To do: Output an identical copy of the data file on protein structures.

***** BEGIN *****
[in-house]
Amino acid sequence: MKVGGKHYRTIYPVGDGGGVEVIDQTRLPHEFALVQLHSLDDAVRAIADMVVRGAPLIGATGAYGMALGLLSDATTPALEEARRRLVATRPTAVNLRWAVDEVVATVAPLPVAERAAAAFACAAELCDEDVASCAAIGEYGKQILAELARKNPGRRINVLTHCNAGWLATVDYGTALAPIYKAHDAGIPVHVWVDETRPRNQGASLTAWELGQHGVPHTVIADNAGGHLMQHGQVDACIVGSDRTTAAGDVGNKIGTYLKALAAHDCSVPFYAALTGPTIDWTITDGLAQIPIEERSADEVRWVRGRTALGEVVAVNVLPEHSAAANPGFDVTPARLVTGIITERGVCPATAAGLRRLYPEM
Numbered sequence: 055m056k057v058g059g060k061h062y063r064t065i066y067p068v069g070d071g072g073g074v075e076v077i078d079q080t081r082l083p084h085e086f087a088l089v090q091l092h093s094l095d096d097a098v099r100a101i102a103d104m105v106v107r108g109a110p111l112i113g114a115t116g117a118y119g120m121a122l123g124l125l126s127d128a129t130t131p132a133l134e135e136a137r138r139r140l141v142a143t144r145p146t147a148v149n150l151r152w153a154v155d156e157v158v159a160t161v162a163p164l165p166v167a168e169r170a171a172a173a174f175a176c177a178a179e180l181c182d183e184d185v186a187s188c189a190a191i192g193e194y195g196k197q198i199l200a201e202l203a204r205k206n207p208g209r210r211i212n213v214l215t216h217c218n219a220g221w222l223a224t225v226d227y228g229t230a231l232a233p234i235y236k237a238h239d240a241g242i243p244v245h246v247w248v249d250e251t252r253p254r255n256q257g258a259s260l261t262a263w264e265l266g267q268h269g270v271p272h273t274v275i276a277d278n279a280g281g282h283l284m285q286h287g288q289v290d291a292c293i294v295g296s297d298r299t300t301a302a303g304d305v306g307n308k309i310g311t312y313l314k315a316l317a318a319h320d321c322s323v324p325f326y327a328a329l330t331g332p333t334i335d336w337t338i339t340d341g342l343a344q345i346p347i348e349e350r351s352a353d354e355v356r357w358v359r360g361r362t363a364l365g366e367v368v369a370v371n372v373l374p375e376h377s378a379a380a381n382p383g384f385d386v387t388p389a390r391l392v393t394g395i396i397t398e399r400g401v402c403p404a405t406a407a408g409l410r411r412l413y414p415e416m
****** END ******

[in-house]
Amino acid sequence: MKVGGKHYRTIYPVGDGGGVEVIDQTRLPHEFALVQLHSLDDAVRAIADMVVRGAPLIGATGAYGMALGLLSDATTPALEEARRRLVATRPTAVNLRWAVDEVVATVAPLPVAERAAAAFACAAELCDEDVASCAAIGEYGKQILAELARKNPGRRINVLTHCNAGWLATVDYGTALAPIYKAHDAGIPVHVWVDETRPRNQGASLTAWELGQHGVPHTVIADNAGGHLMQHGQVDACIVGSDRTTAAGDVGNKIGTYLKALAAHDCSVPFYAALTGPTIDWTITDGLAQIPIEERSADEVRWVRGRTALGEVVAVNVLPEHSAAANPGFDVTPARLVTGIITERGVCPATAAGLRRLYPEM
Numbered sequence: 055m056k057v058g059g060k061h062y063r064t065i066y067p068v069g070d071g072g073g074v075e076v077i078d079q080t081r082l083p084h085e086f087a088l089v090q091l092h093s094l095d096d097a098v099r100a101i102a103d104m105v106v107r108g109a110p111l112i113g114a115t116g117a118y119g120m121a122l123g124l125l126s127d128a129t130t131p132a133l134e135e136a137r138r139r140l141v142a143t144r145p146t147a148v149n150l151r152w153a154v155d156e157v158v159a160t161v162a163p164l165p166v167a168e169r170a171a172a173a174f175a176c177a178a179e180l181c182d183e184d185v186a187s188c189a190a191i192g193e194y195g196k197q198i199l200a201e202l203a204r205k206n207p208g209r210r211i212n213v214l215t216h217c218n219a220g221w222l223a224t225v226d227y228g229t230a231l232a233p234i235y236k237a238h239d240a241g242i243p244v245h246v247w248v249d250e251t252r253p254r255n256q257g258a259s260l261t262a263w264e265l266g267q268h269g270v271p272h273t274v275i276a277d278n279a280g281g282h283l284m285q286h287g288q289v290d291a292c293i294v295g296s297d298r299t300t301a302a303g304d305v306g307n308k309i310g311t312y313l314k315a316l317a318a319h320d321c322s323v324p325f326y327a328a329l330t331g332p333t334i335d336w337t338i339t340d341g342l343a344q345i346p347i348e349e350r351s352a353d354e355v356r357w358v359r360g361r362t363a364l365g366e367v368v369a370v371n372v373l374p375e376h377s378a379a380a381n382p383g384f385d386v387t388p389a390r391l392v393t394g395i396i397t398e399r400g401v402c403p404a405t406a407a408g409l410r411r412l413y414p415e416m